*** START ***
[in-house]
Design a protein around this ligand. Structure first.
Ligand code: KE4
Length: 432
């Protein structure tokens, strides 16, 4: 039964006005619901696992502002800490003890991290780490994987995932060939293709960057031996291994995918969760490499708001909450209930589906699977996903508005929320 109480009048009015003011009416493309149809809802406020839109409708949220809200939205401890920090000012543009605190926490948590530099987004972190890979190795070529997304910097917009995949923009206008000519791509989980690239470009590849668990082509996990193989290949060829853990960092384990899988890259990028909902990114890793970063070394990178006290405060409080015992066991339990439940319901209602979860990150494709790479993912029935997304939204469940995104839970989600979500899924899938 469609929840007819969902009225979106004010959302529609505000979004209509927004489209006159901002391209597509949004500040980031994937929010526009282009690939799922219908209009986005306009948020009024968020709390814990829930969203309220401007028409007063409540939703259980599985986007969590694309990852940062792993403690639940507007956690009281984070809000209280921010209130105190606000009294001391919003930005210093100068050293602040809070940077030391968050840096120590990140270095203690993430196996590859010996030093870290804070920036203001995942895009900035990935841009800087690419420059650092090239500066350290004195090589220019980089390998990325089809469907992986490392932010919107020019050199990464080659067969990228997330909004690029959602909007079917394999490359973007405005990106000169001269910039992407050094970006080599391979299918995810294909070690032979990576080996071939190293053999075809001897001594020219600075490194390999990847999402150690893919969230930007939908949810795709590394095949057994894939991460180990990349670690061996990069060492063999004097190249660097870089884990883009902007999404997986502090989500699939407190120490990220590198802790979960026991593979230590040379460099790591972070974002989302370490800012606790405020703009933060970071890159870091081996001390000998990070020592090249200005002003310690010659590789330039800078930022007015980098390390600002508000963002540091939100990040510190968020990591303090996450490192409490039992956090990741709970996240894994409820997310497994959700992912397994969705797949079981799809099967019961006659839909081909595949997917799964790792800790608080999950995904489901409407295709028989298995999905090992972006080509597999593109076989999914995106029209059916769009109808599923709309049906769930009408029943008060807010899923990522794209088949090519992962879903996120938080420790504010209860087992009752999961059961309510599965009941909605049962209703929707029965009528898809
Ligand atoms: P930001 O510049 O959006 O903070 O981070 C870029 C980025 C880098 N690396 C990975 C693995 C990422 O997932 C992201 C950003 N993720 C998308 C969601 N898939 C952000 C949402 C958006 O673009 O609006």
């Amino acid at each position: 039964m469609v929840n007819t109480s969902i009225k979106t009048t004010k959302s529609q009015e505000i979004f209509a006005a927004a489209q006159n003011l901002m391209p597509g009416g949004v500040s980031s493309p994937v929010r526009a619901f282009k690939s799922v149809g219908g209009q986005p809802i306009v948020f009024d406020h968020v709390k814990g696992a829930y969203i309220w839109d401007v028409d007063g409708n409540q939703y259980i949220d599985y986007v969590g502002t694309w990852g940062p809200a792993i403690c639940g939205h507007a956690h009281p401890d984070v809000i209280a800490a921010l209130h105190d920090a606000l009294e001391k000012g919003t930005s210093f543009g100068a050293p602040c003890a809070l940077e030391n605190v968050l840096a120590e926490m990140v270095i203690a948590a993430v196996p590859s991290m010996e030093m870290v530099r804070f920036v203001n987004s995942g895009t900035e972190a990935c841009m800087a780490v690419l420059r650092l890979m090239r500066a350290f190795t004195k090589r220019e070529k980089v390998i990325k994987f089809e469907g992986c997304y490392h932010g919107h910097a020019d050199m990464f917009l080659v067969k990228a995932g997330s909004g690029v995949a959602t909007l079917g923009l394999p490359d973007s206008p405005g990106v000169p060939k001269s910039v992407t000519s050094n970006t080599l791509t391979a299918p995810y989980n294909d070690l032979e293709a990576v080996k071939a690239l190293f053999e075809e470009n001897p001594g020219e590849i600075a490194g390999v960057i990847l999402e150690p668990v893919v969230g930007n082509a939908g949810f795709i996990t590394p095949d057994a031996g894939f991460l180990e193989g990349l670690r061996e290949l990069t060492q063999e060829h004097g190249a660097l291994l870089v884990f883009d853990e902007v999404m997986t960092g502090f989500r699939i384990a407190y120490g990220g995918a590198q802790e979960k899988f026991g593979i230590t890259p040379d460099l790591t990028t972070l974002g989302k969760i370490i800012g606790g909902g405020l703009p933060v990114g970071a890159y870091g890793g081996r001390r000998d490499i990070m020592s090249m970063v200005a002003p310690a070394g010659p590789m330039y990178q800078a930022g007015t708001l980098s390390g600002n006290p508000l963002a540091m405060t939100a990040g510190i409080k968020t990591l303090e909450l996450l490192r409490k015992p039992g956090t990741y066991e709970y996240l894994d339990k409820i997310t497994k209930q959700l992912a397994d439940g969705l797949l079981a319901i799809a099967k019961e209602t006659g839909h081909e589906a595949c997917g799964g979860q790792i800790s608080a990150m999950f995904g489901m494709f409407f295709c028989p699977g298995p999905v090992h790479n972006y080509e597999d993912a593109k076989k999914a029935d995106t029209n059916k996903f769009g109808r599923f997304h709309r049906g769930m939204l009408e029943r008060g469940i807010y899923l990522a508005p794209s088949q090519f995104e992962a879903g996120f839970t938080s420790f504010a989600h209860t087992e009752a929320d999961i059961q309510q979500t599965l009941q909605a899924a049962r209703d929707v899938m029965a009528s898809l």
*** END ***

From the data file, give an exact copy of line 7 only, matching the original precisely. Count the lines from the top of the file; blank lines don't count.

């Amino acid at each position: 039964m469609v929840n007819t109480s969902i009225k979106t009048t004010k959302s529609q009015e505000i979004f209509a006005a927004a489209q006159n003011l901002m391209p597509g009416g949004v500040s980031s493309p994937v929010r526009a619901f282009k690939s799922v149809g219908g209009q986005p809802i306009v948020f009024d406020h968020v709390k814990g696992a829930y969203i309220w839109d401007v028409d007063g409708n409540q939703y259980i949220d599985y986007v969590g502002t694309w990852g940062p809200a792993i403690c639940g939205h507007a956690h009281p401890d984070v809000i209280a800490a921010l209130h105190d920090a606000l009294e001391k000012g919003t930005s210093f543009g100068a050293p602040c003890a809070l940077e030391n605190v968050l840096a120590e926490m990140v270095i203690a948590a993430v196996p590859s991290m010996e030093m870290v530099r804070f920036v203001n987004s995942g895009t900035e972190a990935c841009m800087a780490v690419l420059r650092l890979m090239r500066a350290f190795t004195k090589r220019e070529k980089v390998i990325k994987f089809e469907g992986c997304y490392h932010g919107h910097a020019d050199m990464f917009l080659v067969k990228a995932g997330s909004g690029v995949a959602t909007l079917g923009l394999p490359d973007s206008p405005g990106v000169p060939k001269s910039v992407t000519s050094n970006t080599l791509t391979a299918p995810y989980n294909d070690l032979e293709a990576v080996k071939a690239l190293f053999e075809e470009n001897p001594g020219e590849i600075a490194g390999v960057i990847l999402e150690p668990v893919v969230g930007n082509a939908g949810f795709i996990t590394p095949d057994a031996g894939f991460l180990e193989g990349l670690r061996e290949l990069t060492q063999e060829h004097g190249a660097l291994l870089v884990f883009d853990e902007v999404m997986t960092g502090f989500r699939i384990a407190y120490g990220g995918a590198q802790e979960k899988f026991g593979i230590t890259p040379d460099l790591t990028t972070l974002g989302k969760i370490i800012g606790g909902g405020l703009p933060v990114g970071a890159y870091g890793g081996r001390r000998d490499i990070m020592s090249m970063v200005a002003p310690a070394g010659p590789m330039y990178q800078a930022g007015t708001l980098s390390g600002n006290p508000l963002a540091m405060t939100a990040g510190i409080k968020t990591l303090e909450l996450l490192r409490k015992p039992g956090t990741y066991e709970y996240l894994d339990k409820i997310t497994k209930q959700l992912a397994d439940g969705l797949l079981a319901i799809a099967k019961e209602t006659g839909h081909e589906a595949c997917g799964g979860q790792i800790s608080a990150m999950f995904g489901m494709f409407f295709c028989p699977g298995p999905v090992h790479n972006y080509e597999d993912a593109k076989k999914a029935d995106t029209n059916k996903f769009g109808r599923f997304h709309r049906g769930m939204l009408e029943r008060g469940i807010y899923l990522a508005p794209s088949q090519f995104e992962a879903g996120f839970t938080s420790f504010a989600h209860t087992e009752a929320d999961i059961q309510q979500t599965l009941q909605a899924a049962r209703d929707v899938m029965a009528s898809l």